Psyche is powered by Vocal creators. You support Scott Head by reading, sharing and tipping stories... more

Psyche is powered by Vocal.
Vocal is a platform that provides storytelling tools and engaged communities for writers, musicians, filmmakers, podcasters, and other creators to get discovered and fund their creativity.

How does Vocal work?
Creators share their stories on Vocal’s communities. In return, creators earn money when they are tipped and when their stories are read.

How do I join Vocal?
Vocal welcomes creators of all shapes and sizes. Join for free and start creating.

To learn more about Vocal, visit our resources.

Show less

Bipolar Type 2

The Beginning

Living with Bipolar Type 2: The Basics

I have been diagnosed with bipolar type 2 since 2002. I had the first signs at the age of six, so I suffered for 30 years without knowing what was going on with me. Since my diagnosis, it has been a daily struggle to deal with the illness. I am now on the right medicines and getting the right help so I can make it day to day.

So what is bipolar 2 and what is the difference between it and other forms of bipolar? I am not going to give you the textbook answer, you can look that up online which is easy enough. I am giving you what it means to me. I can't speak to what it's like to have bipolar type 1 but in a nutshell, it is depressive episodes mixed with manic highs. Bipolar 2 brings severe depressive episodes but not the manic highs, instead, you have what are called hypomanic episodes which I call manic lite. For me, hypomania means I have more energy and have a much more positive outlook on things. I look forward to those episodes but sadly, for me, they are not very frequent. The only drawback to these episodes that I have is I tend to spend money too much. Before I was diagnosed I was very bad at this and would even spend money set aside for bills. Now I am better at it, I can usually pay my bills but cannot have any money in savings. Everyone's episodes are to different degrees and everyone handles them differently.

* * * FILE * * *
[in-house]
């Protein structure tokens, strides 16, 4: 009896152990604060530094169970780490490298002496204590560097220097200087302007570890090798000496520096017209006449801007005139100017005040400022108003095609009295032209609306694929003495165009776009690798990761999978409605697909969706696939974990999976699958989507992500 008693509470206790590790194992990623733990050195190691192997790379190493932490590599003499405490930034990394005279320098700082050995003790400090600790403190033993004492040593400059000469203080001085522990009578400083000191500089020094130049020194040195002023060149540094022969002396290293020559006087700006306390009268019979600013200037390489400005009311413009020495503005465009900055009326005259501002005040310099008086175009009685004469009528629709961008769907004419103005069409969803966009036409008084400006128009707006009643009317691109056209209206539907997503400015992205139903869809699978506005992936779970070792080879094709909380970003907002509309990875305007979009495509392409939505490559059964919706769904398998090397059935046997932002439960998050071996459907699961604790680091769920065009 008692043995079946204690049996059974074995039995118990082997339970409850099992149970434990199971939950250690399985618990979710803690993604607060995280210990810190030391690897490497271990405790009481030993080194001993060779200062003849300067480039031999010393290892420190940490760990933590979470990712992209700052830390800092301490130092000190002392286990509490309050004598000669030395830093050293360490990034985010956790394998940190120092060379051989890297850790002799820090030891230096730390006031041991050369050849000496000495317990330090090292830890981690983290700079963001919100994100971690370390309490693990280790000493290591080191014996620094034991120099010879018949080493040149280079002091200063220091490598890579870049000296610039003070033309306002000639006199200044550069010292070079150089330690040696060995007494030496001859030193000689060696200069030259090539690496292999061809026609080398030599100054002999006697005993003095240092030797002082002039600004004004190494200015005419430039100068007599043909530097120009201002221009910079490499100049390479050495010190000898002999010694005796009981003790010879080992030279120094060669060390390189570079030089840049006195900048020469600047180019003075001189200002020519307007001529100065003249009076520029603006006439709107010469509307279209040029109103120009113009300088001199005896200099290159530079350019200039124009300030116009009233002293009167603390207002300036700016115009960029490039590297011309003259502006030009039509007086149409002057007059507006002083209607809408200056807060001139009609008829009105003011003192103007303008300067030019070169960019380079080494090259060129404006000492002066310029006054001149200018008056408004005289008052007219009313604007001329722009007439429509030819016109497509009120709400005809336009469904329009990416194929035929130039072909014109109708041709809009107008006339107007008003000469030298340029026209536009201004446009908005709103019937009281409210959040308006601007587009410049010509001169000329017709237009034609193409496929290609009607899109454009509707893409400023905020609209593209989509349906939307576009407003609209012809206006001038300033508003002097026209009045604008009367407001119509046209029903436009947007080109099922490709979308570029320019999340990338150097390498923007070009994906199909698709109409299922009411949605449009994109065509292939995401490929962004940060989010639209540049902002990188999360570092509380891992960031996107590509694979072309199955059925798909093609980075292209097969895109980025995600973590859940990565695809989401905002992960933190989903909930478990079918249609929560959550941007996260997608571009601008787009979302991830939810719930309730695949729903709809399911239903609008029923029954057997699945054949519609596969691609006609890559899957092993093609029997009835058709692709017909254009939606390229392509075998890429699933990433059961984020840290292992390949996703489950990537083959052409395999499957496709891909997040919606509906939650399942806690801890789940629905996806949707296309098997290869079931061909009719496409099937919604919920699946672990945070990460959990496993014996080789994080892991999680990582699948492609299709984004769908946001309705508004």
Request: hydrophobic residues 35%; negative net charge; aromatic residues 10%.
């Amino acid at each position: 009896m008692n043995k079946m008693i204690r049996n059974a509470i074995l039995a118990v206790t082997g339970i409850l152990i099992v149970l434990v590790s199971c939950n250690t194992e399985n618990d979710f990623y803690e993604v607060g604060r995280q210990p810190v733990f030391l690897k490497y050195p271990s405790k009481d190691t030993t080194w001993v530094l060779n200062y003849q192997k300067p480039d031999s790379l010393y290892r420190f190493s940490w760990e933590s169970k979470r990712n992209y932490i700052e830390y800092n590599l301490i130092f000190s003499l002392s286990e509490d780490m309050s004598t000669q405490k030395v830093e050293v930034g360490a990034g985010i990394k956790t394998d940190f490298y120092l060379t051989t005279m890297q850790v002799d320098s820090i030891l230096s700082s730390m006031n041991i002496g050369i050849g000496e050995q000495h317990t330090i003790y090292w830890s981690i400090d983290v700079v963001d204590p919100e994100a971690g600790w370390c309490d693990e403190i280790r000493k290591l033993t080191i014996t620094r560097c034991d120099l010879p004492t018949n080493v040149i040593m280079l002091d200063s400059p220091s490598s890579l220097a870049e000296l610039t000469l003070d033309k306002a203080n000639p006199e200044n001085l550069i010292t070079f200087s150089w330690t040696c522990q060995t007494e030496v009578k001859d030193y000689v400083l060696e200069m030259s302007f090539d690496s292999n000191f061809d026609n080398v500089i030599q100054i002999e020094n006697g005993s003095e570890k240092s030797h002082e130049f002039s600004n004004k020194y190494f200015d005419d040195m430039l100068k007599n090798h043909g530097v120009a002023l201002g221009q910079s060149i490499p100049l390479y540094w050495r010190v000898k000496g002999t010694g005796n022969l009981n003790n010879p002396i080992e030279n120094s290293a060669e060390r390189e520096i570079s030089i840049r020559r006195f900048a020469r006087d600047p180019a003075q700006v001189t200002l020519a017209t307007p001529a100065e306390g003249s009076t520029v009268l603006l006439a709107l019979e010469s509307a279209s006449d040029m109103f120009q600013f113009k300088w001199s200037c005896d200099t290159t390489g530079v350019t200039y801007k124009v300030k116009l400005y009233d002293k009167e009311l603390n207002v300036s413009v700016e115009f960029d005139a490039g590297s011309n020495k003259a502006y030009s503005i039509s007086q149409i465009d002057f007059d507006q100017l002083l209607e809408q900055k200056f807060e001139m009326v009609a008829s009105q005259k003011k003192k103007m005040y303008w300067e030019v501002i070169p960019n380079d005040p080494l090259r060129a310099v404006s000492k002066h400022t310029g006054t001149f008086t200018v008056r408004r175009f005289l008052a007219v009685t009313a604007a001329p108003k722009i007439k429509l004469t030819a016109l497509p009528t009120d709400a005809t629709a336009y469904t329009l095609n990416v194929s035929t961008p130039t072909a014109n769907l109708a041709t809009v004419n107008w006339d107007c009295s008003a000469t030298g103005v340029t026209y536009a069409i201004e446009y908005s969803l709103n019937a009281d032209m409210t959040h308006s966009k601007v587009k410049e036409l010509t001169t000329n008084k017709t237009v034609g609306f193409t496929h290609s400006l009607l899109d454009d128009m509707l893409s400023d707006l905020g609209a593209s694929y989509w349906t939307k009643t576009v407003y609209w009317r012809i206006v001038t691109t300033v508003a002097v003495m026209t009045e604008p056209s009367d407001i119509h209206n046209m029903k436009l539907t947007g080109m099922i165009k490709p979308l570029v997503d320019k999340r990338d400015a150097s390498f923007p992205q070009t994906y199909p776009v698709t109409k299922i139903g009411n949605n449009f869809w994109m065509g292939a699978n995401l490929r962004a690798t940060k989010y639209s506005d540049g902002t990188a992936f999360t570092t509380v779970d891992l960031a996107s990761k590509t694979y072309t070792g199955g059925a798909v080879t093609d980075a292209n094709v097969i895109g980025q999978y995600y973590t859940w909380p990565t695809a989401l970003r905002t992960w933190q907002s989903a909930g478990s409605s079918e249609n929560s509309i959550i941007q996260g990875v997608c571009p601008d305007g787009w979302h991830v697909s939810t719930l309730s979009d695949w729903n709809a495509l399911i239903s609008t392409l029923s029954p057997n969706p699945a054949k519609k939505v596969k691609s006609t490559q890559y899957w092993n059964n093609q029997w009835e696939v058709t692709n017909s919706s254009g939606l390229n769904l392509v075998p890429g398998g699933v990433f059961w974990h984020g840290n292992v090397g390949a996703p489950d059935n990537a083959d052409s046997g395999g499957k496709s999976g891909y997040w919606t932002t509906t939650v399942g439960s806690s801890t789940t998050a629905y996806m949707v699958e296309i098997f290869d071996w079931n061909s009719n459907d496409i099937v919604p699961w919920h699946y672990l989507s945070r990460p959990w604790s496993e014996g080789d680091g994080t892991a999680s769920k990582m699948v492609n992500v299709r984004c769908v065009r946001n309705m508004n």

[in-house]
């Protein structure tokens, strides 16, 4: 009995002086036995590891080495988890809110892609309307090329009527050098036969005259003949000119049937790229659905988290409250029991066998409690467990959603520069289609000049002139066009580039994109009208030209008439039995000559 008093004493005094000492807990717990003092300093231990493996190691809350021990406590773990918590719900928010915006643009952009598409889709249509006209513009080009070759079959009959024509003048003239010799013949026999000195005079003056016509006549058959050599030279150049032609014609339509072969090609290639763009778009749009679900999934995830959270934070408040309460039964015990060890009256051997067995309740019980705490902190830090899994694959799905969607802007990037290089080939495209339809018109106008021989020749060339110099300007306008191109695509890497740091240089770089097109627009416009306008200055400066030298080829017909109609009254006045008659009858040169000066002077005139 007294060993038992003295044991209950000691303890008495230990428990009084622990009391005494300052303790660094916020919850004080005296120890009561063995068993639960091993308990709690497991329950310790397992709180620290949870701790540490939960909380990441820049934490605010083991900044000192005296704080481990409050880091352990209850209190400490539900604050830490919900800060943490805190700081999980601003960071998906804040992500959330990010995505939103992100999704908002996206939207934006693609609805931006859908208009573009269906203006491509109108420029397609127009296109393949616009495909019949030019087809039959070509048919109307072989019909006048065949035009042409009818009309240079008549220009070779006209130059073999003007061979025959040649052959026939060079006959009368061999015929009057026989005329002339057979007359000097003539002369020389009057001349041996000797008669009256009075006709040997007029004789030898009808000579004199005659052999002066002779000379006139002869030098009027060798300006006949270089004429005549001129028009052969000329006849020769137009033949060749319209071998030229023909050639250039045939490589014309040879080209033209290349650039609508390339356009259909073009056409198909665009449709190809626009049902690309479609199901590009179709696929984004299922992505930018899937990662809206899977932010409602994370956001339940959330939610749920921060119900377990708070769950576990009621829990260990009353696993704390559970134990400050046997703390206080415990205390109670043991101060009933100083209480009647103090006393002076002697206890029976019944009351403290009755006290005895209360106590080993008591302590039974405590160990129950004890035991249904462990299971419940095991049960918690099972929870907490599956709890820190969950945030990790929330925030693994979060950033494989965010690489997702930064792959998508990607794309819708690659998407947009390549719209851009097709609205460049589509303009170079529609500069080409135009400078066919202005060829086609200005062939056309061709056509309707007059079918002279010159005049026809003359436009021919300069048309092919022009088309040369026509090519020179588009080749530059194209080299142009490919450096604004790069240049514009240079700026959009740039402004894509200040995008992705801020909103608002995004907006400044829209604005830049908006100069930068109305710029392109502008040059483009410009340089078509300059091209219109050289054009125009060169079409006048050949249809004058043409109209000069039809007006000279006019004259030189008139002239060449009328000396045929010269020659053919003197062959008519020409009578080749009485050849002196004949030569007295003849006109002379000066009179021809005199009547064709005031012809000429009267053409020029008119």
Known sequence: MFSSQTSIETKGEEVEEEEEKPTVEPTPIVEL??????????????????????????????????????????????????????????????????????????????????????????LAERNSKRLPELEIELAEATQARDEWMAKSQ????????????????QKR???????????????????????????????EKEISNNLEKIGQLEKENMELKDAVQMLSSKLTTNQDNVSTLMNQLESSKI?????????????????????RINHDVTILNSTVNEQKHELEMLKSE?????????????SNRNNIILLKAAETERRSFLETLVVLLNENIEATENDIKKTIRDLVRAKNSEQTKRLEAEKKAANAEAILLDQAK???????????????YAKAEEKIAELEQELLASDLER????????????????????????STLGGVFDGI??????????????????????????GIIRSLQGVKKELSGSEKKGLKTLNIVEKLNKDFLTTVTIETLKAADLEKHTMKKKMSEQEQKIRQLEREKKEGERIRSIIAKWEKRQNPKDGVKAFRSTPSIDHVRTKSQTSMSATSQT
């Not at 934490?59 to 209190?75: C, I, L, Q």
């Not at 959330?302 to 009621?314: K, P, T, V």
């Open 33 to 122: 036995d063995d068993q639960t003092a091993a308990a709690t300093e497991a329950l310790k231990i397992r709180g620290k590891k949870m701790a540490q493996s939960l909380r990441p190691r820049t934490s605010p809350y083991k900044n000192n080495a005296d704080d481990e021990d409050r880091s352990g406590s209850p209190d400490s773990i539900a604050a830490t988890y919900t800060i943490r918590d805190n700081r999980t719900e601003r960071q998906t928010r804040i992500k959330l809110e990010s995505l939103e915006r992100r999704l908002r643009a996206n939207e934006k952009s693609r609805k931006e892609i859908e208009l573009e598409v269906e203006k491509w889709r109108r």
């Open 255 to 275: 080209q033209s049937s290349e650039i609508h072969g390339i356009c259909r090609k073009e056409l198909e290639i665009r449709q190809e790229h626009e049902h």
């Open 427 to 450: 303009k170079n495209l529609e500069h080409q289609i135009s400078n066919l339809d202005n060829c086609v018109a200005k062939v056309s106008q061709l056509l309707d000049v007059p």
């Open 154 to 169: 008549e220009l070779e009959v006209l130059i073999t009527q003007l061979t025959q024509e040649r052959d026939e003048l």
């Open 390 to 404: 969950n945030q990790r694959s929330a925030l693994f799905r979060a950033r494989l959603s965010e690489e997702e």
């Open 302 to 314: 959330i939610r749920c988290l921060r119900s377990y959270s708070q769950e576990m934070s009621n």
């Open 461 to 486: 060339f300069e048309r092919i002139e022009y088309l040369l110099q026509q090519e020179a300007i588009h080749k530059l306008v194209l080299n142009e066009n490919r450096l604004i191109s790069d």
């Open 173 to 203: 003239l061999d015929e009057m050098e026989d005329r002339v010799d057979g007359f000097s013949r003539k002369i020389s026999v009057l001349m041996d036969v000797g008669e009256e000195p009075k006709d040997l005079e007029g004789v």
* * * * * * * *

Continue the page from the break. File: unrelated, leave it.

Now the depressive episodes with bipolar 2 tend to be worse than with bipolar 1. I can attest to that. I have had some very severe depressive episodes. Before I was medicated I would get the point of suicidal thoughts often. Now, not so much. For me, before I was diagnosed my episodes would sometimes leave me non-functional, once for six months (that's when I found help). Now my depression is bad but I can function. I can get out of bed, shower, have some coffee, and go forward with my day...most days. My depression does stay with me all the time though, except when I am hypomanic. My mood runs from melancholy, apathy, and a little sad all the way to being majorly depressed and negative about everything in my life. My times of being happy with life are very few, actually rare.

When I first was diagnosed I was pretty scared about what I was going to do. Luckily, in my state, we have a state-run facility for people with mental health problems. They provided a psychiatrist and prescriptions for the medicines I would try. In my experience, finding the right meds was the hardest part. I went through three years of trying different meds before I found the right cocktail that helped me out. Everything changed for me at that point. It helped me to become a better, more in control, person. So if you haven't found the right meds yet, don't give up no matter how frustrating it gets. It's worth the work when you find the right ones. Are the meds perfect? Do they make me happy? No. They do, however, help me control my emotions and they keep me from crashing too hard. I tried quitting them once because I thought I was better and didn't need them. I was very wrong. I was fine for a few days but then became very depressive. I quickly went back on them and have stayed on them since. The next thing I did was to try and get on disability. Some don't need it, some can work a 40 hour week and function without falling apart. Not me. The main reason with me is that I have severe anxiety along with the bipolar diagnosis. If I try to work too many hours my anxiety goes crazy which usually triggers my depression. One bit of advice I would give on getting disability is to not give up, it's very hard to get. It took me three years of trying, but it was such a relief when I got it. I was lucky and had help getting it so I didn't need a lawyer. Some find a lawyer very helpful because there is a lot of bureaucracy involved.

So basically if you are newly diagnosed, or think you might have bipolar disorder, find a psychiatrist and find the right meds for you. I have also found a therapist helps though you may have to try several to get one you like. If you have no money, like the way I didn't, see if your state has any mental health clinics or assistance. File for disability as soon as possible once you are diagnosed. If you have family or friends get them involved and ask them to help get you going. It's really hard just starting this journey so don't do it alone and don't give up.

Now Reading
Bipolar Type 2
Read Next
Not Her Fault